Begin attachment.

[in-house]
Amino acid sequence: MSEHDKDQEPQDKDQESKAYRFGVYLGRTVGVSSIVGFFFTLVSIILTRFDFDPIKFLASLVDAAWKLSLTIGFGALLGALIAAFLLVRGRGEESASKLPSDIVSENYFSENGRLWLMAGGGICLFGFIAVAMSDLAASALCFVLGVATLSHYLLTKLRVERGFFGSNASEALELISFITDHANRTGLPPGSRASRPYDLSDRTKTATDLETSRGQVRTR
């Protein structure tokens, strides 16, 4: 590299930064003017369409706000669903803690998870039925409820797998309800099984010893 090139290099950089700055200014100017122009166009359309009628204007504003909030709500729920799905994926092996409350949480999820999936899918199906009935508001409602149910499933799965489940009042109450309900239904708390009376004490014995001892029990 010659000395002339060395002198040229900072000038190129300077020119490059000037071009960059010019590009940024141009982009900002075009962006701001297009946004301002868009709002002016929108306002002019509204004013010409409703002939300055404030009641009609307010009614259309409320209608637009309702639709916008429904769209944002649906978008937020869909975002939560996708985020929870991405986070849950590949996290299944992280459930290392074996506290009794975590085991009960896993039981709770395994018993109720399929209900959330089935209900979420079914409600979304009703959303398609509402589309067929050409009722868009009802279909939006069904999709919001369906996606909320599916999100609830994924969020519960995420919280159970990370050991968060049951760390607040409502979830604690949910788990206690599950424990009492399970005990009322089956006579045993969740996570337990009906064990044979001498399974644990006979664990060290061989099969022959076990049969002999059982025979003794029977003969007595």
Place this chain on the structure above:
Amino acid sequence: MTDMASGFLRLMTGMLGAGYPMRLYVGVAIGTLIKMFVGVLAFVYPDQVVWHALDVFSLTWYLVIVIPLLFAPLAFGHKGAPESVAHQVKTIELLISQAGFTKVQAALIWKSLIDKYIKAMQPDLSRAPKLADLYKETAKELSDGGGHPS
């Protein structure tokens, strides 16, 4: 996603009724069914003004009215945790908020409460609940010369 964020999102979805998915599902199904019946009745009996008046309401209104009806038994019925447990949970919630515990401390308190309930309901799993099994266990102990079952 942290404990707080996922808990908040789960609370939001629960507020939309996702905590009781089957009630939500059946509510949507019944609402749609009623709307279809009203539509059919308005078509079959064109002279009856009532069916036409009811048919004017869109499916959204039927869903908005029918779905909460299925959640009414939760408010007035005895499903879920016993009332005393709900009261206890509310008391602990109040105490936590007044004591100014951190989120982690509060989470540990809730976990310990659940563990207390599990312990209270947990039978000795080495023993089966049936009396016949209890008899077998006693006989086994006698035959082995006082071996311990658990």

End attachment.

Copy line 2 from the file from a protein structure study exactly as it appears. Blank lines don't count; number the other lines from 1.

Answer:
Amino acid sequence: MSEHDKDQEPQDKDQESKAYRFGVYLGRTVGVSSIVGFFFTLVSIILTRFDFDPIKFLASLVDAAWKLSLTIGFGALLGALIAAFLLVRGRGEESASKLPSDIVSENYFSENGRLWLMAGGGICLFGFIAVAMSDLAASALCFVLGVATLSHYLLTKLRVERGFFGSNASEALELISFITDHANRTGLPPGSRASRPYDLSDRTKTATDLETSRGQVRTR